From 1950 through 1962, New Orleans’ Fats Domino sold 60 million records. During most of that time, trumpeter, producer and band leader Dave Bartholomew played the essential role of creative partner to the piano-playing star.

“The Big Beat,” including extraordinary concert footage from the French National Archives, chronicles Domino’s and Bartholomew’s remarkably successful collaboration.

The closing night film for the 2014 New Orleans Film Festival, “The Big Beat” will be shown at 7 p.m. and 10 p.m. Thursday at the Carver Theater. Director Joe Lauro, editor Anthea Carr, writer Rick Coleman and other special guests will attend the world premiere.

Bartholomew, 93, gave the New York-based Lauro an extensive on-camera interview for the film. Interviews with the 86-year-old Domino, a famously shy man offstage, are more often heard in voiceovers than seen.

Lauro mused about doing a Domino documentary as long ago as 1998. Years later, while doing early research for a potential film, he learned that a 45-minute concert film featuring Domino, Bartholomew and their band is housed in the French National Archives.

“It’s astounding that it exists,” Lauro said from New York. “It really made me want to make this documentary. I said, ‘OK. Now this can be an amazing film.’ ”

The band that backs Domino in the French concert film, shot in July 1962 in Juan-le-Pins, France, includes many of the New Orleans musicians who worked as session players at Cosimo Matassa’s French Quarter studios, where dozens of classic rhythm-and-blues and rock ’n’ roll recordings were made.

“Not all of them, but most of them,” Lauro said of the studio musicians. “Dave’s playing trumpet. Lee Allen and Herb Hardesty play tenor sax. Cornelius ‘Tenoo’ Coleman is playing drums.”

Most of the performance footage in “The Big Beat” comes from the French Archives concert film.

“No one has seen this stuff,” Lauro said. “It’s the real thing.”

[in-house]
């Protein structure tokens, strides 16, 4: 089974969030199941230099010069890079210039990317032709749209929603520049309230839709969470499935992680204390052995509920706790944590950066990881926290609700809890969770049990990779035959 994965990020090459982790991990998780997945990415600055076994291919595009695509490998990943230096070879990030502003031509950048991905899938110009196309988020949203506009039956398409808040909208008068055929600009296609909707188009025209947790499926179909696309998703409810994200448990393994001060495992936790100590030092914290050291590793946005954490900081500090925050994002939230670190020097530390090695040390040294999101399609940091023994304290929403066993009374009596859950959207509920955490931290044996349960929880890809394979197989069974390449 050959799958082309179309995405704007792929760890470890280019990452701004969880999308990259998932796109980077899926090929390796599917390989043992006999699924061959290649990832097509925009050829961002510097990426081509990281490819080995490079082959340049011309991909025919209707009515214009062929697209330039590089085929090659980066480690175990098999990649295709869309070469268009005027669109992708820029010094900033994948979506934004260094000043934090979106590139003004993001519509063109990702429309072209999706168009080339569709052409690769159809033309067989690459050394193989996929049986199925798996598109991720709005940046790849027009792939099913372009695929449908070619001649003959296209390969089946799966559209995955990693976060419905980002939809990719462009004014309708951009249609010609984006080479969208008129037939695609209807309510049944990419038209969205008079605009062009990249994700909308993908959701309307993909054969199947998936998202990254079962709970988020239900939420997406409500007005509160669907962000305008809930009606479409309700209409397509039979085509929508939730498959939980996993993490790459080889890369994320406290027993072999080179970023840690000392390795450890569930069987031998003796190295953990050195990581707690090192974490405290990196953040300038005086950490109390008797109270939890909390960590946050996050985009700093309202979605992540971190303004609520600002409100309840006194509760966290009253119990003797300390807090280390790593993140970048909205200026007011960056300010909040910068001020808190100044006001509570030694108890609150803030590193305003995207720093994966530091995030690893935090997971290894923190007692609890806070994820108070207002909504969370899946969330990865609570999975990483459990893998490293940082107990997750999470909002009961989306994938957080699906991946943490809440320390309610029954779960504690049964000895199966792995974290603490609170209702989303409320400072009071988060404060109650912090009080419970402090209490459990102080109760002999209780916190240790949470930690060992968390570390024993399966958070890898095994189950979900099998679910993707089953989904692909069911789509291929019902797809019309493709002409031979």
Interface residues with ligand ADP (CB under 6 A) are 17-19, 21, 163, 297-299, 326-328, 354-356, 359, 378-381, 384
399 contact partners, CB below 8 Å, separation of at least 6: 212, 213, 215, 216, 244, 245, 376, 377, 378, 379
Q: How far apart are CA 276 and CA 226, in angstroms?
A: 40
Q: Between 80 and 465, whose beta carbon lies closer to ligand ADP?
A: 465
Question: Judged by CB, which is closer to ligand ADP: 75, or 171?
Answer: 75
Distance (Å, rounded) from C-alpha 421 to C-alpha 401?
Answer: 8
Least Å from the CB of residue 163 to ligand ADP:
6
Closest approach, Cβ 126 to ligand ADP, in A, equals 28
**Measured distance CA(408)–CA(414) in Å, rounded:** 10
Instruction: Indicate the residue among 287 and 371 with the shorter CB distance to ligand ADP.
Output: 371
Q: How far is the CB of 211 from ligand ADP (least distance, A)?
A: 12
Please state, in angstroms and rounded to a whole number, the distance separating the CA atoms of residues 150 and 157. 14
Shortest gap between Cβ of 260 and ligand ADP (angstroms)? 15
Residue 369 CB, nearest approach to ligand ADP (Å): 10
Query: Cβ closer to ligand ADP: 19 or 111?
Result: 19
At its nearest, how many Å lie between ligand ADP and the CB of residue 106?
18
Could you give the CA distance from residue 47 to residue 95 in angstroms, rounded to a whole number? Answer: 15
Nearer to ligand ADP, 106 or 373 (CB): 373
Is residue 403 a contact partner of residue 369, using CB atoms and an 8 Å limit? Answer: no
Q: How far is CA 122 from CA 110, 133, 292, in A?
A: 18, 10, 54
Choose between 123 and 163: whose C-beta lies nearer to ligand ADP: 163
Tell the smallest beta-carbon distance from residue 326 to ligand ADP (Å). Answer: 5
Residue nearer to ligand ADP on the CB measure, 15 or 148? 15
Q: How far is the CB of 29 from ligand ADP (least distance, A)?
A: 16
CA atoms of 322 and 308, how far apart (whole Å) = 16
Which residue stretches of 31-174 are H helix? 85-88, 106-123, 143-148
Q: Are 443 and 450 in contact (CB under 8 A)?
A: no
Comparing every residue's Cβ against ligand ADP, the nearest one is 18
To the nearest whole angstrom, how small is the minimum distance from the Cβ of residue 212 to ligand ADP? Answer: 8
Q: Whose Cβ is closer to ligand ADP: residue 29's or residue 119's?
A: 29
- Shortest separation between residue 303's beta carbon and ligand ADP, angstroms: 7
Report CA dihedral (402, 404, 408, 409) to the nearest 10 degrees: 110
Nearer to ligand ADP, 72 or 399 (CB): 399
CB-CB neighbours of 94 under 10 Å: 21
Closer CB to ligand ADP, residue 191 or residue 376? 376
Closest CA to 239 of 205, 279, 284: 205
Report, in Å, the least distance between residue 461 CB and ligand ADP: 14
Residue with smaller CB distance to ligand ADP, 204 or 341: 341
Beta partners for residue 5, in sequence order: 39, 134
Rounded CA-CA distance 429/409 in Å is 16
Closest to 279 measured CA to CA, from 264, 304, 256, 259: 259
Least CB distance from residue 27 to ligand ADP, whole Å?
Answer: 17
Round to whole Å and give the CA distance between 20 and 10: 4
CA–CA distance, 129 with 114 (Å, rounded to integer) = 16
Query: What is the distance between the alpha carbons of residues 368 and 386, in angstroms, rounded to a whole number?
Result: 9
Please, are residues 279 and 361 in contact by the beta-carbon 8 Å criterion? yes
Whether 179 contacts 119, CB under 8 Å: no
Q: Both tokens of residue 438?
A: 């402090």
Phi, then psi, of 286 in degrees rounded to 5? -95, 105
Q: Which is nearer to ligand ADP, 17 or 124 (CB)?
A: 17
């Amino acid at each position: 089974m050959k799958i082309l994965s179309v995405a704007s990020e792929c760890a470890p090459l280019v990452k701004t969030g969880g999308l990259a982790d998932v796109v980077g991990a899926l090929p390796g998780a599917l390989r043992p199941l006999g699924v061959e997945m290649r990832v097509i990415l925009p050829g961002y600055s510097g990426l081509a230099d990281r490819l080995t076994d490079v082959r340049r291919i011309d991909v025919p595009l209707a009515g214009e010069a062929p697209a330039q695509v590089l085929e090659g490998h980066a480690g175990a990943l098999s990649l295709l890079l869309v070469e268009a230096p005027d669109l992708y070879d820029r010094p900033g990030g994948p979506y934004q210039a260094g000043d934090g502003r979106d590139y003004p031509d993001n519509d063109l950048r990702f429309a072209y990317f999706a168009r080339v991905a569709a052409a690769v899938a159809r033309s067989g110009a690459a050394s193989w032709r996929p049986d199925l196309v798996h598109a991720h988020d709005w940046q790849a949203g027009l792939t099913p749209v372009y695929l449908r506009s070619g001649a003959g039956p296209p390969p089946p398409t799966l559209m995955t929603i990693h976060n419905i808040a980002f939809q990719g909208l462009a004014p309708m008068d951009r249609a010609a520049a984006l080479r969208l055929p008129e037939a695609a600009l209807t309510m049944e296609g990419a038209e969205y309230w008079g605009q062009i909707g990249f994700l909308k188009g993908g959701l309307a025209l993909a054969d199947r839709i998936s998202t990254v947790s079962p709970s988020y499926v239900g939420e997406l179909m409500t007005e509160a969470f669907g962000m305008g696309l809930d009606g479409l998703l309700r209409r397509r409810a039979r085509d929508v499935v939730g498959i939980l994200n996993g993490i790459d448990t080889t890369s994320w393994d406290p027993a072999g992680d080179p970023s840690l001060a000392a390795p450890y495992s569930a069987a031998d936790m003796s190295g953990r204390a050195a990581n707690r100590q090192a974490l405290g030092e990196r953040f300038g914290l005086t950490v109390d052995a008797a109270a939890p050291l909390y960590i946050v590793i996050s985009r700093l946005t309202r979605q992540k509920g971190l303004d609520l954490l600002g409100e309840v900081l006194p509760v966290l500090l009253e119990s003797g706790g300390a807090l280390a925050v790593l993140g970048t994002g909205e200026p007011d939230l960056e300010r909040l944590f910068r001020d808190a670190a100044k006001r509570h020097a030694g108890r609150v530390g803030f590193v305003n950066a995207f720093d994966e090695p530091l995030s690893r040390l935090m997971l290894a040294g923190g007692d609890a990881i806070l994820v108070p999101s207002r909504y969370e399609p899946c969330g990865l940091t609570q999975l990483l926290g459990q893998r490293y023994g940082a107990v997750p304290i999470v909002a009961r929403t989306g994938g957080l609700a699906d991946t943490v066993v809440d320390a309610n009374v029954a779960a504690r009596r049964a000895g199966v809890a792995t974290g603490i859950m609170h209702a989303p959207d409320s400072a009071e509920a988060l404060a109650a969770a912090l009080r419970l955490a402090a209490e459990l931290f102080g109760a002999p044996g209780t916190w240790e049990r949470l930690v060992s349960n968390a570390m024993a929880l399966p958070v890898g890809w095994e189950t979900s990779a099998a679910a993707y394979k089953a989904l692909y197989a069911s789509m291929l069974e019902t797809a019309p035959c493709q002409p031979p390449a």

The performance footage isn’t extensively used until well into the documentary’s 87 minutes. The film’s first 45 minutes are set largely before 1950.

“I’m fascinated by the early story of Fats and Dave,” Lauro said. “Where they came from, where they learned to play music, what their influences are; who were their contemporaries and how did the music develop from rhythm and blues into rock ’n’ roll. That’s the story we’re telling.”

Lauro shares “The Big Beat” producer and writer credit with Rick Coleman, author of the award-winning 2006 Domino biography, “Blue Monday: Fats Domino and the Lost Dawn of Rock ’n’ Roll.”

“Rick did a wonderful book about Fats,” Lauro said. “I did my own interviews and research and found some different things, but Rick’s book served as a marker for a lot of what we told. No one else put it all together like Rick. I could have made the film without him, but I embraced his work. I knew it would be difficult, at this late date, to get the detail Rick got from Fats.”

Unlike Coleman, Lauro didn’t attempt to tell Domino’s entire life story.

“We tell certain stories,” he said. “These types of films are a patchwork. I can’t recreate things with actors. I have to tell these stories through the reminisces of the survivors, the biographers, the research we’ve done, and the photos and footage we unearthed.”

No stars, such as Keith Richards, Bonnie Raitt and Robert Plant, make talking-head cameo appearances in “The Big Beat.” Instead, Lauro interviews Domino band members and session players Earl Palmer and Herb Hardesty, for instance, and road manager Billy Diamond.

“People who were really there, witnesses,” he said. “Because Keith Richards’ story about Fats Domino is just like anybody else’s who grew up in that generation, who was influenced by rock ’n’ roll. I don’t need a star. My focus is the serious end of the music story and the people who really mattered.”